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Early Tauchnitz publisher’s bindings

At heart the Tauchnitz Editions were paperbacks.  That’s almost an article of faith for me, despite the fact that a high proportion of them were taken on a visit to the bookbinder.  And because the bound copies survived better, an even higher proportion of the surviving copies are hardbound books, in a bewildering variety of bindings.

But not all Tauchnitz Editions were sold as paperbacks.   Almost from the start, Tauchnitz offered books for sale in bound editions as well as paperback.  The earliest record of these is an announcement in the Börsenblatt für den deutschen Buchhandel on 31 May 1842, that attractively bound copies (schöne Einbände) would be available two weeks after the paperback issue.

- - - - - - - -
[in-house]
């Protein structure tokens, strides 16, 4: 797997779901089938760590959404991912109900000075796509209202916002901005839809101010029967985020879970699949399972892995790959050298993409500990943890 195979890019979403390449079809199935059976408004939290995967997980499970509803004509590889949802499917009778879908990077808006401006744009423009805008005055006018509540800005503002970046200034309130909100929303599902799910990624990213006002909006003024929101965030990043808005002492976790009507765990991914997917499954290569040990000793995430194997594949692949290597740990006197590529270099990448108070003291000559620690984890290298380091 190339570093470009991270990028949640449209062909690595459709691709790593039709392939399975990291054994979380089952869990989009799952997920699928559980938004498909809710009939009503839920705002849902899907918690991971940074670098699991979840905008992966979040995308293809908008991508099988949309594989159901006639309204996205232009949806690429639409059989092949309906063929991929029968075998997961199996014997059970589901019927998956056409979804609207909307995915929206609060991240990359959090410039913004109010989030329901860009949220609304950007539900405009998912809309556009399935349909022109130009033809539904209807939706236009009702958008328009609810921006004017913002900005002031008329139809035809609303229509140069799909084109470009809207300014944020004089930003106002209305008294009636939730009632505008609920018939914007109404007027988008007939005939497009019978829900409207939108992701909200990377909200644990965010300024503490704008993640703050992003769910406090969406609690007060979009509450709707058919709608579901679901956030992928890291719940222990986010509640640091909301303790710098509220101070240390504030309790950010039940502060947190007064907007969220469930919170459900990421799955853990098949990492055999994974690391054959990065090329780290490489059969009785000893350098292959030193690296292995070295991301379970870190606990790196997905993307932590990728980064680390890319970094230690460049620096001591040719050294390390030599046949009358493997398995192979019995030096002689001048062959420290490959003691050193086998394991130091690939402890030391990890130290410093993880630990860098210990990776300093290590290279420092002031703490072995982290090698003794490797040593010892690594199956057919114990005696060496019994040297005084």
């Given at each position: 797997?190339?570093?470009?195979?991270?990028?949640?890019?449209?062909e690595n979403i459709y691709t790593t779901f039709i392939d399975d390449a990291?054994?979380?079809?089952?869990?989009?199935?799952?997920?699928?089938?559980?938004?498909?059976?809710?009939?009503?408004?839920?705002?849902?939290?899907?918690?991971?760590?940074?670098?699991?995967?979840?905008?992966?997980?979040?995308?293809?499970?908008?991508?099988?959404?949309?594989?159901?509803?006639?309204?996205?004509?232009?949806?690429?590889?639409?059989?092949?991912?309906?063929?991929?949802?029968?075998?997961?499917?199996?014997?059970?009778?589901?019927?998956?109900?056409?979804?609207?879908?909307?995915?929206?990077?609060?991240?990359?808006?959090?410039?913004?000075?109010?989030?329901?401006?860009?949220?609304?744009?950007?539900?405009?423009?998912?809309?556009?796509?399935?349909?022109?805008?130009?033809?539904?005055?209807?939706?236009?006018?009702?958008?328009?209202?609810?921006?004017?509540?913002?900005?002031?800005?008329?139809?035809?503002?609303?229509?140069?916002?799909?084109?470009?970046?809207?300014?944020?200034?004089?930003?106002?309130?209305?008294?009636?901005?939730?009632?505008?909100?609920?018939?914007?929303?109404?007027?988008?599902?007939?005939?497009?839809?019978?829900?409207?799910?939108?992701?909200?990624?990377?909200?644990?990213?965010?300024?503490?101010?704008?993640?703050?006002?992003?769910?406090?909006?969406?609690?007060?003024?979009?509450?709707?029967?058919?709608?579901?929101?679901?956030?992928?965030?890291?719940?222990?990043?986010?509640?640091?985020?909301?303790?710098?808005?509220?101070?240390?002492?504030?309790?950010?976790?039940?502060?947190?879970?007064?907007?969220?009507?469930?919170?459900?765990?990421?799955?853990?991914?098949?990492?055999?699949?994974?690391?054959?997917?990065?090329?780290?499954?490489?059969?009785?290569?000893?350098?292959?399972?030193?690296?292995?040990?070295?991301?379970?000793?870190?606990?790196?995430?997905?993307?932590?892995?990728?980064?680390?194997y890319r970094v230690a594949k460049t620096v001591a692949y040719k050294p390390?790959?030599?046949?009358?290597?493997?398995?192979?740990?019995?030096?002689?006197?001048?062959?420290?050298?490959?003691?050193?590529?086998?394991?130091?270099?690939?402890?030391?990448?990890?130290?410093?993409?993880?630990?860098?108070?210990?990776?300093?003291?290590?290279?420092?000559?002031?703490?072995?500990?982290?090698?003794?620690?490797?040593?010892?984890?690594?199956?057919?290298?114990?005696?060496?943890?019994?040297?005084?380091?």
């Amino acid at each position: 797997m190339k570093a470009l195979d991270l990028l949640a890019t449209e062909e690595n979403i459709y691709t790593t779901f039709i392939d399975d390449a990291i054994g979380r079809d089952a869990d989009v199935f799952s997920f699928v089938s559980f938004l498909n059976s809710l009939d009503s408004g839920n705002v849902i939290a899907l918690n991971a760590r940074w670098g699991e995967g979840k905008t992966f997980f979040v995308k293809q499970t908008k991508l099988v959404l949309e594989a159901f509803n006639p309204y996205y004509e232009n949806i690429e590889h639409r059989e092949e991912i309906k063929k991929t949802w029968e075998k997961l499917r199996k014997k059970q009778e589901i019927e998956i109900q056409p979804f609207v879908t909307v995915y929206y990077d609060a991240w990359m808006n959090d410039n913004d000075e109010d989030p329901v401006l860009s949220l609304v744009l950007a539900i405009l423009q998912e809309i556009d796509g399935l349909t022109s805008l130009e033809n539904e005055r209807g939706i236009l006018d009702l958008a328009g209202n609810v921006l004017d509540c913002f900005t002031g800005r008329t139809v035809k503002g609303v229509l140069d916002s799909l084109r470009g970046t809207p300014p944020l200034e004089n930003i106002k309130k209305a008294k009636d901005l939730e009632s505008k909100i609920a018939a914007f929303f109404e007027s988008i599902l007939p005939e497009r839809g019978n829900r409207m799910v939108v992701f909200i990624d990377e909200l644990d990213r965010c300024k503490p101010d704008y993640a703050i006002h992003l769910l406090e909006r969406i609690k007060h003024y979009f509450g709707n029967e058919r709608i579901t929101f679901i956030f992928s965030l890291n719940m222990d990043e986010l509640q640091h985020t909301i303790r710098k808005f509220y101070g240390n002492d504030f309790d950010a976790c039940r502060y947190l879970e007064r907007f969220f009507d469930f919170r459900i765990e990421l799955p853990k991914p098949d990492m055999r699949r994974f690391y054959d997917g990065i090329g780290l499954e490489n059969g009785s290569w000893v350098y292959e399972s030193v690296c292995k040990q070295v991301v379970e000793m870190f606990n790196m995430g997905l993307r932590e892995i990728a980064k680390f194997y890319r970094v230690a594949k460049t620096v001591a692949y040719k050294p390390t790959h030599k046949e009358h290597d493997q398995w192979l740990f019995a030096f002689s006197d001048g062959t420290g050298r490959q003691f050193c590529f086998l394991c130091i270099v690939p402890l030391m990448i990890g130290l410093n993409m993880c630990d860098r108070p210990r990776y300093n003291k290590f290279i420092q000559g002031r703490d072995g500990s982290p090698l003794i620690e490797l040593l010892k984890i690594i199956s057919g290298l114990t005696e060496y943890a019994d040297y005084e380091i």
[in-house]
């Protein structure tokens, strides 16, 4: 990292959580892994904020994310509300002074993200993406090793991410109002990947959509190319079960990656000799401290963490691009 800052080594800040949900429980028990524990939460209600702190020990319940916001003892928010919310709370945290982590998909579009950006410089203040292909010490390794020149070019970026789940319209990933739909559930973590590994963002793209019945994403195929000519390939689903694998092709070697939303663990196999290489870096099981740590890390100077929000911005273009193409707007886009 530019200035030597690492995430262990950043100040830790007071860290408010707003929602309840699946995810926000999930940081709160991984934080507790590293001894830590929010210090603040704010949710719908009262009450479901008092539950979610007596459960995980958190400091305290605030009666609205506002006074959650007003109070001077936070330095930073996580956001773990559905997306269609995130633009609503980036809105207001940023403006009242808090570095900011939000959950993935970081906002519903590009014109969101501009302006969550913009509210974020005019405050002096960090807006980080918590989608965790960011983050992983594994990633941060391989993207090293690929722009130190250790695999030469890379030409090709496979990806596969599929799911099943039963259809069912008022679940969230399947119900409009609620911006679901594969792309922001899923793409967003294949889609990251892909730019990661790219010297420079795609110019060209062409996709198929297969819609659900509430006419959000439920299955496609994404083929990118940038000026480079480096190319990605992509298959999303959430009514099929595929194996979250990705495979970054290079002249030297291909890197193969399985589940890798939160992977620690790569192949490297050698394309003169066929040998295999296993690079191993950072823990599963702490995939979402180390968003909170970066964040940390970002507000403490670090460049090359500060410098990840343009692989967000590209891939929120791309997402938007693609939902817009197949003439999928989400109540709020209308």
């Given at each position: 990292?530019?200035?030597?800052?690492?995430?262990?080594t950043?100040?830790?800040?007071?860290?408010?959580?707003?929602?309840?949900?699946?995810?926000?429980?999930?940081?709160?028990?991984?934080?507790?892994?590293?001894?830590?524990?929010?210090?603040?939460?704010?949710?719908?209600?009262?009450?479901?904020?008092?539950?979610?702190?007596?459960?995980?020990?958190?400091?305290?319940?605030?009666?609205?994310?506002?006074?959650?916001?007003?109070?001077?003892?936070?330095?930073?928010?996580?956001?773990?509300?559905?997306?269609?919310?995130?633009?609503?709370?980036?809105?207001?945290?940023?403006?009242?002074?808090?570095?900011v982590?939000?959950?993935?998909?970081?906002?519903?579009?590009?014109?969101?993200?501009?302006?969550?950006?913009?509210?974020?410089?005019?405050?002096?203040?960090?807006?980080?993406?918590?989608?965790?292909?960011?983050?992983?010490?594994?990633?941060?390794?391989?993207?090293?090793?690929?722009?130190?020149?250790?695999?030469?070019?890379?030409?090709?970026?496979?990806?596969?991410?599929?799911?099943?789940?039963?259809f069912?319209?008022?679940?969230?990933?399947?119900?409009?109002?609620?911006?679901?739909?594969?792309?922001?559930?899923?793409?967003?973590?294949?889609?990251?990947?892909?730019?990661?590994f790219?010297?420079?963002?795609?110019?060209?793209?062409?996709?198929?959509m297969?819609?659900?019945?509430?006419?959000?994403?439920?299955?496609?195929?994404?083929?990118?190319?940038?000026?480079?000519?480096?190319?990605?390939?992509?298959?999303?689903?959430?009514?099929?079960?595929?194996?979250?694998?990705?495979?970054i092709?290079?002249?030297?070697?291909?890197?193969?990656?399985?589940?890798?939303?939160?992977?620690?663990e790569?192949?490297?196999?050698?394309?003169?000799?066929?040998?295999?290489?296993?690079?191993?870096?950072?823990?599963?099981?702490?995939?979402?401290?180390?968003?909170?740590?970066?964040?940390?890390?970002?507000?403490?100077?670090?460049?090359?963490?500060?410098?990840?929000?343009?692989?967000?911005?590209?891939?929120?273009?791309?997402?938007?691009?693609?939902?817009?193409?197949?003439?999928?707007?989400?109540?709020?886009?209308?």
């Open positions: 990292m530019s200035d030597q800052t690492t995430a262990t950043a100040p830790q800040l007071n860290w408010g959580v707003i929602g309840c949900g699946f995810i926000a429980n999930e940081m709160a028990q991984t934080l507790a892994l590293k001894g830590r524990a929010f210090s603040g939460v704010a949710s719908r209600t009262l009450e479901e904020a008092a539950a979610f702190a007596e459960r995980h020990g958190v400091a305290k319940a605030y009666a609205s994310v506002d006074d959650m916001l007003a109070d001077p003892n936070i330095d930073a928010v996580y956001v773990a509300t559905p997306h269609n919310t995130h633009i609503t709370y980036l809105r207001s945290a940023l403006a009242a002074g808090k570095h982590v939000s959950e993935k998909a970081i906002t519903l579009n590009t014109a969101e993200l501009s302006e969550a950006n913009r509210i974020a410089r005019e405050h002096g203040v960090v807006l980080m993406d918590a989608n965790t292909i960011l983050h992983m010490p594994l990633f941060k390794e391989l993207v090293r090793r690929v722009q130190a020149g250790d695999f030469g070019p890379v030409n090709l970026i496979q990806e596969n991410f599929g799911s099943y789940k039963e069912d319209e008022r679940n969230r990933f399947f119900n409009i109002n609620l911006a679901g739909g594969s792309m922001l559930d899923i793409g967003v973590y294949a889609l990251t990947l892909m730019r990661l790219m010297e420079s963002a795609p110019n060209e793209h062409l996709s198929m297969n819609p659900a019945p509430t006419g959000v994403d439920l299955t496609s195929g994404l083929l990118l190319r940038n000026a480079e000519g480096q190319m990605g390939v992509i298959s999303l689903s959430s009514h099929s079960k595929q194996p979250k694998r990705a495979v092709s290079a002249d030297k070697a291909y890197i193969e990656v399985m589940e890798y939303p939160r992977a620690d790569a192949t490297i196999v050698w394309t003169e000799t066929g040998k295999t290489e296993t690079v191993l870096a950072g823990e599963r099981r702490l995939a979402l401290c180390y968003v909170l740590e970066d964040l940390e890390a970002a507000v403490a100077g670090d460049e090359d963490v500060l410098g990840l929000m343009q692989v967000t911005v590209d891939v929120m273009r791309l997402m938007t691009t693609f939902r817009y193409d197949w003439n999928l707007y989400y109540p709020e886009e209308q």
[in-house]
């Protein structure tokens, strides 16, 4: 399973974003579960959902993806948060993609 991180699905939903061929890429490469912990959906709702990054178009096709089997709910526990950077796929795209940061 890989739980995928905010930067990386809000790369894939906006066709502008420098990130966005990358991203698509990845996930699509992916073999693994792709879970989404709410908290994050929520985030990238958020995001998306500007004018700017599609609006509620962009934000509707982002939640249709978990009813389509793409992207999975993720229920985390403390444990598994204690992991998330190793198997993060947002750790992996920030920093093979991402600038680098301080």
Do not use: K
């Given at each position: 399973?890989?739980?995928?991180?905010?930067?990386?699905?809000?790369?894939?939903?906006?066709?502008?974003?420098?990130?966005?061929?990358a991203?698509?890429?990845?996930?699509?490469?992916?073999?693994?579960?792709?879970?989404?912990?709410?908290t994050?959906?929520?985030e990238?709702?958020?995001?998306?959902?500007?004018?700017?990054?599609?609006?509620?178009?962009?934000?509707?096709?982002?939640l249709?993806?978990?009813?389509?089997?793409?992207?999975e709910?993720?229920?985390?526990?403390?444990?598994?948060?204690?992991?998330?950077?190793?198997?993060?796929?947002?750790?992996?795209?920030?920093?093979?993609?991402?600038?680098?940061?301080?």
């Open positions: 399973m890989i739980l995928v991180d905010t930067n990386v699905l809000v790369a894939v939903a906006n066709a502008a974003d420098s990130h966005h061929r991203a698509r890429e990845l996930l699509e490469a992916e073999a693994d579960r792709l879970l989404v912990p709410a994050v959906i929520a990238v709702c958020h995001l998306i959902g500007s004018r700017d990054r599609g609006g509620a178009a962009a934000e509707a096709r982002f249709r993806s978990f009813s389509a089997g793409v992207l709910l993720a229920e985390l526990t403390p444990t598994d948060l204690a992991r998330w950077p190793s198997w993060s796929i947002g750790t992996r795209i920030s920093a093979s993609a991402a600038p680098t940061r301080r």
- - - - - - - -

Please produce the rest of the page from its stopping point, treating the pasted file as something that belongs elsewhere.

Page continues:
The binding this referred to was almost certainly the binding illustrated below and classified as binding x1 in the Todd & Bowden bibliography of Tauchnitz Editions.  I have several of the early editions in this binding, but nothing to rival the magnificent run of almost all the first 100 volumes that exists in the Pressler Collection, now in the National Library of Scotland.

Publisher binding x1 1

Publisher binding x1 2

Bindings in this style don’t seem to exist much after volume 100, in 1846, although the bibliography records an unusual copy of ‘Bleak House’ bound in this style from around 1852.   There are though many fairly similar bindings that were probably produced by private binders.